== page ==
Heather Dron, MPH, PhD, is a historian of medicine and public health who studies pregnancy, prenatal care, and research on infant disability. She completed her PhD in history of health science at UCSF in 2016. At the Stanford Center for Biomedical Ethics, she is a fellow supported by the National Human Genome Research Institute’s Ethical Legal and Social Implications (ELSI) Program. Her research interests include the history and ethics of research and prenatal care intended to prevent infant disability, ethical conduct of clinical trials, and perceptions of risk or uncertainty associated with environmental science and genomic technologies.
Honors & Awards
Fellowship in the History of American Obstetrics and Gynecology, American College of Obstetricians and Gynecologists (Fall 2016)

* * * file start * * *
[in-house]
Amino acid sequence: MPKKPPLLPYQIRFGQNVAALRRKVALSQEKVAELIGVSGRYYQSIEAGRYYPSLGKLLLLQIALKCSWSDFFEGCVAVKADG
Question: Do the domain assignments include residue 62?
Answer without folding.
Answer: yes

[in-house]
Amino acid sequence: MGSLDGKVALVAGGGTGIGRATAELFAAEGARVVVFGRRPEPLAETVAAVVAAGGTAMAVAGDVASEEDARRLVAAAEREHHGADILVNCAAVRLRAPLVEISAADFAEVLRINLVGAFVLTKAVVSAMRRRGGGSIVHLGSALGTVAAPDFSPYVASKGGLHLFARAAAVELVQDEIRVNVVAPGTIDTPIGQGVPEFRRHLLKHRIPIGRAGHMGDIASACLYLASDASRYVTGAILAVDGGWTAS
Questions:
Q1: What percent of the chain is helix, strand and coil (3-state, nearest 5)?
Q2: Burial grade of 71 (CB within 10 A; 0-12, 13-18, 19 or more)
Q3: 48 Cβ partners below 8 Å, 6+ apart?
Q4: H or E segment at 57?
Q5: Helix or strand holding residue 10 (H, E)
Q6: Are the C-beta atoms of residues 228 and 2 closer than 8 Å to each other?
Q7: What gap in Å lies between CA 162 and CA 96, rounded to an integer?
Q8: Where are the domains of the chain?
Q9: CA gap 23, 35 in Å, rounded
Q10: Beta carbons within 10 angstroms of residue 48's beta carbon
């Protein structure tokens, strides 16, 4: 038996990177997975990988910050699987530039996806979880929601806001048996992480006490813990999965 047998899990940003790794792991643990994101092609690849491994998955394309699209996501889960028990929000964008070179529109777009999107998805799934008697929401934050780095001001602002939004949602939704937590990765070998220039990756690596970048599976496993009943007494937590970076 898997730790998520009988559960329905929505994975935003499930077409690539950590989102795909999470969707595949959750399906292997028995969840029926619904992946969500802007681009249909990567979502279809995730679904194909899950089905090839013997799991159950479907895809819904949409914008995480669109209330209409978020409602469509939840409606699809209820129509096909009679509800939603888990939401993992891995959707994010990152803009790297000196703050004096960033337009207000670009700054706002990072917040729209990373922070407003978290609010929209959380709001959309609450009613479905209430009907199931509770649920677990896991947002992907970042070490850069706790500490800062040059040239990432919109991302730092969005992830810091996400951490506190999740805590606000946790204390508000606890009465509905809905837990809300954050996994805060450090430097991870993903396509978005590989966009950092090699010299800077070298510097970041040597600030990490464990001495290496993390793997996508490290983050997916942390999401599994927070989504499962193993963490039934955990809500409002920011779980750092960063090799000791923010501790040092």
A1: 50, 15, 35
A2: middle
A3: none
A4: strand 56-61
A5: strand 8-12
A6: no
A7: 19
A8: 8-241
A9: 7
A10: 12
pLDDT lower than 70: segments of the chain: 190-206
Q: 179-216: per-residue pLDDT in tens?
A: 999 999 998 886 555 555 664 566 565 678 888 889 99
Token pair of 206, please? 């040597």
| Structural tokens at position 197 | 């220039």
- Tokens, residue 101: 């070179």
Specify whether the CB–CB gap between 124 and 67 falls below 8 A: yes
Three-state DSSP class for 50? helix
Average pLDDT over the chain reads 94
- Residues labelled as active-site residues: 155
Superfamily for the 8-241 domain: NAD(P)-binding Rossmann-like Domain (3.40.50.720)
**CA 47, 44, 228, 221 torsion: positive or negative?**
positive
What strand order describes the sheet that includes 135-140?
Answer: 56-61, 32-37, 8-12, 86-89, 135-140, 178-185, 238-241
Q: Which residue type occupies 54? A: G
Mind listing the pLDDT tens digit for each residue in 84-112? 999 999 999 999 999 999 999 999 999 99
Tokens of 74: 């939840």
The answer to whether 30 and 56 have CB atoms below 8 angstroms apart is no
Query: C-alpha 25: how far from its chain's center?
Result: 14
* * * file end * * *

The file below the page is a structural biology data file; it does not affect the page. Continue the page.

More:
Doctor of Philosophy, University of California San Francisco (2016)
Master in Public Health, Emory University, Global Health (2007)
Current Research and Scholarly Interests
Heather Dron, MPH, PhD, is a historian of medicine and public health who studies pregnancy, prenatal care, and research on infant disability. Unifying diverse research themes is a deep-seated ethical concern about the uses of science and medicine in efforts intended to improve the public’s health.
Her dissertation in the history of health science was on midcentury mobilization of teratology research, studying environmental causes of birth defects. She juxtaposed narratives of infant disability linked to prenatal exposures originating in teratology research and in environmental health sciences.
Her current research engages with parent and patient perceptions of reproductive health technologies and disease risks, particularly genomic diagnostics for pediatric and prenatal conditions. In addition, she is interested in industrial influence and scientific uncertainty, how patents affect access to drugs, and the ethical conduct and inclusion of women in clinical trials.